Sunday, November 23

An abundance of leopard

It was one of those safaris...............

This morning I had to re-read my safari diary to remind me what else we saw:- multiple sightings of lion, two cheetah, an amazing hyena interaction, a honey badger with cub, massive buffalo herds, dozens of elephant, rhinos.....

But it will always be remembered for the SIX different leopard we saw (a personal record!).

On a cool, dark and drizzly day late in September I picked Thomas & Wendy up from the airport outside Nelspruit. Our first night in Kruger was at Bergendal in the south, so we descended down through the Crocodile River Gorge to enter at Malelane gate.

After spending 15 excited minutes on the bridge seeing our first elephant, hippo, crocodiles and many birds, we cleared the gate and started our game drive.

To be totally honest I wasn't expecting the first drive to be a particularly good one. The weather was miserable (thank goodness we were in a closed vehicle!) and this particular area of Kruger had been very quiet the last few times I had been through.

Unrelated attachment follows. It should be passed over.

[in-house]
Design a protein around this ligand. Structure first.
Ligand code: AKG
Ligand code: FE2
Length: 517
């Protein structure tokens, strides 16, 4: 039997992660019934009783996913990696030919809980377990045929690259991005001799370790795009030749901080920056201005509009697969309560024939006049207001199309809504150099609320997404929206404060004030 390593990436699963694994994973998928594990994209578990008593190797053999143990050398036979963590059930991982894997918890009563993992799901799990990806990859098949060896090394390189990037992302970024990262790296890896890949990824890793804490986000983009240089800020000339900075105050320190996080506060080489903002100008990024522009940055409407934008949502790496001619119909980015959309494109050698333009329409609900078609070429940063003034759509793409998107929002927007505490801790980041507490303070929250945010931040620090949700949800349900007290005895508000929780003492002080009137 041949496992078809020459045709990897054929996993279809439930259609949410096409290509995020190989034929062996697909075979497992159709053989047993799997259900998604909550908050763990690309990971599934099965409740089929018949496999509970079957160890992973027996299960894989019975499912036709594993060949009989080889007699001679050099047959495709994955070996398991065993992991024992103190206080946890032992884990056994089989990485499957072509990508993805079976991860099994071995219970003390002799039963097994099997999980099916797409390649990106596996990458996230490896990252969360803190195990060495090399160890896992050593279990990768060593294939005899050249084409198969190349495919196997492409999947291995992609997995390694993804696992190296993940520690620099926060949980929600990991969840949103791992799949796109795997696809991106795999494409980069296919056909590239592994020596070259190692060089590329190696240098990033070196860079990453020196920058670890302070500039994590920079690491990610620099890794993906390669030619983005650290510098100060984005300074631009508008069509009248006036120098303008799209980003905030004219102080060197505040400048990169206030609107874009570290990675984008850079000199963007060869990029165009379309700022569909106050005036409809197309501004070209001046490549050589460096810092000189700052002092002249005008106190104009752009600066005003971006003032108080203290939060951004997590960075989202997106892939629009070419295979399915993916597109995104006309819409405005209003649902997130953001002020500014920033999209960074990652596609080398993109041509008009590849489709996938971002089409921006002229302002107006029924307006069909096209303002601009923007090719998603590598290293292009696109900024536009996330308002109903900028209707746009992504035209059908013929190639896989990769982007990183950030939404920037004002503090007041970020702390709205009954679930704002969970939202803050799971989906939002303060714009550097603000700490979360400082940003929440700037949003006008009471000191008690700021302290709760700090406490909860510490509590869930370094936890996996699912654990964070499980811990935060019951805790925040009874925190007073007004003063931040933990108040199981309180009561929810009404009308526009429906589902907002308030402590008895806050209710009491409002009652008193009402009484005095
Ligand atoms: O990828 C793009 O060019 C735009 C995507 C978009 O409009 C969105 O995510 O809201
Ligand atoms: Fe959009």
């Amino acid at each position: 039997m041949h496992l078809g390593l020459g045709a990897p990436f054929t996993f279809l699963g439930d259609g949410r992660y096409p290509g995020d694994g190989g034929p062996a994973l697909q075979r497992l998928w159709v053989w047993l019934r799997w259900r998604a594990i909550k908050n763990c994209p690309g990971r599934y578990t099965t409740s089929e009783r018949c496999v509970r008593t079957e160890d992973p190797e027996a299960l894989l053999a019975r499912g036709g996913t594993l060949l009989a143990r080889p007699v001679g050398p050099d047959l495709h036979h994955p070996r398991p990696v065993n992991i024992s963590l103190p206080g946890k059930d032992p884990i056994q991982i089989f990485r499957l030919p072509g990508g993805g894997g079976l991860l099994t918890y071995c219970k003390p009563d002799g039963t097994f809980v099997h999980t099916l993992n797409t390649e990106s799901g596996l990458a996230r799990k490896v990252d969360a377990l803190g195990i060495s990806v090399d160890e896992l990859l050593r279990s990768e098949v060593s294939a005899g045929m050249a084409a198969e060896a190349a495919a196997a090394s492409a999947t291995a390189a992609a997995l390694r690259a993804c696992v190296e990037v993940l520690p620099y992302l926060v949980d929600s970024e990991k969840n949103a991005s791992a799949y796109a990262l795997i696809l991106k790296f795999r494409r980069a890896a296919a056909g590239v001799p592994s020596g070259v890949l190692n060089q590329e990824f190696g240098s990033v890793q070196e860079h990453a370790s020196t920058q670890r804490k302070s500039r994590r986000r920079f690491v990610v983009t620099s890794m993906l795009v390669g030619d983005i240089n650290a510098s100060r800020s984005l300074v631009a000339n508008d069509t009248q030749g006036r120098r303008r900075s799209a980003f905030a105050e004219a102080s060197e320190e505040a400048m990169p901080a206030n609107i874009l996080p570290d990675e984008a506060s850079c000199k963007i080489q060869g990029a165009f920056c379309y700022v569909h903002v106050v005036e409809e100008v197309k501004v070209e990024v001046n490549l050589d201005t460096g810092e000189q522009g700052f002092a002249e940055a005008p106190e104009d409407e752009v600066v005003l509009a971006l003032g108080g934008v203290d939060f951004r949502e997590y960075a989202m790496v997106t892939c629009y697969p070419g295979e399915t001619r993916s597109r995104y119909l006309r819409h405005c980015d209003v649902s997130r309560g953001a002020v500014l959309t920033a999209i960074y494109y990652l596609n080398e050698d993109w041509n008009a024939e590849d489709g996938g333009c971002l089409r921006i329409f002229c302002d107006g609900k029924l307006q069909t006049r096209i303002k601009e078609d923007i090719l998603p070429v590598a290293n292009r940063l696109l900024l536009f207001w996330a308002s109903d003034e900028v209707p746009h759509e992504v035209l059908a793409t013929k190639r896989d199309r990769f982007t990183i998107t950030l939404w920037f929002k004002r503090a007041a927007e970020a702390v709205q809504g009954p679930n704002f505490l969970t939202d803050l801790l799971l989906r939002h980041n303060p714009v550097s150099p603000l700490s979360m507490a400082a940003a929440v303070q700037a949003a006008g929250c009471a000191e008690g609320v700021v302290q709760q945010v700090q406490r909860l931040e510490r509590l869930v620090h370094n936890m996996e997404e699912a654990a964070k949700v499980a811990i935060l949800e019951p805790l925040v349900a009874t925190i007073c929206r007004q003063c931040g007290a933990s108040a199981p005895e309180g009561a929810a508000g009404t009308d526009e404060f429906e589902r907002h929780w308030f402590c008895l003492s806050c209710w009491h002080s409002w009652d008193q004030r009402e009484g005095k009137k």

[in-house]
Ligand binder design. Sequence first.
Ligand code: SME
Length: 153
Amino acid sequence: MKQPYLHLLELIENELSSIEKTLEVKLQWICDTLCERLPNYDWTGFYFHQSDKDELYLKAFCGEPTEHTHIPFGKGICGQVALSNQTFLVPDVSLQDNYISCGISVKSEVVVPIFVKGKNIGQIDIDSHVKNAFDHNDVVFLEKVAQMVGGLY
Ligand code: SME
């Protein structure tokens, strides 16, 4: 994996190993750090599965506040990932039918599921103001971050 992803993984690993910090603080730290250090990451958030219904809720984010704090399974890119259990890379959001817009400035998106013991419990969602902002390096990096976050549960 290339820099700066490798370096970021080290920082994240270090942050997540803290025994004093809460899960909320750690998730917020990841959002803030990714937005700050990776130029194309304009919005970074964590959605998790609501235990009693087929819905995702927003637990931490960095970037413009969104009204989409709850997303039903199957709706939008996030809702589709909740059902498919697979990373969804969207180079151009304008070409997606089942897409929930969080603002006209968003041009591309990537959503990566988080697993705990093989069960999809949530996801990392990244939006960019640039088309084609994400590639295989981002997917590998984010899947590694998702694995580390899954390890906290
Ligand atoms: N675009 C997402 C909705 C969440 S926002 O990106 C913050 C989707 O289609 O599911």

An hour later, my fears were being realised, when we spotted our first giraffe some distance ahead of us down the dirt road!

I coasted slowly down the road, not wanting to scare them away before we could get a good picture, and on the lookout on both sides to see if there were any other giraffe closer to us.......

And there on top of a rock I saw a leopard!!

It was keeping a low profile and a wary eye on the giraffe....... and if we had come in from the other side we may not have seen it either!

Perhaps the giraffe could sense potential danger, they moved off very quickly as we got closer, although I will admit that we weren't paying much attention to them at that stage!

The leopard came out and sat up for us once the giraffe were out of sight, and for the next 10 minutes we watched, admired and waited........

All the while only a couple of other cars came past, spent a minute or so and then drove off again.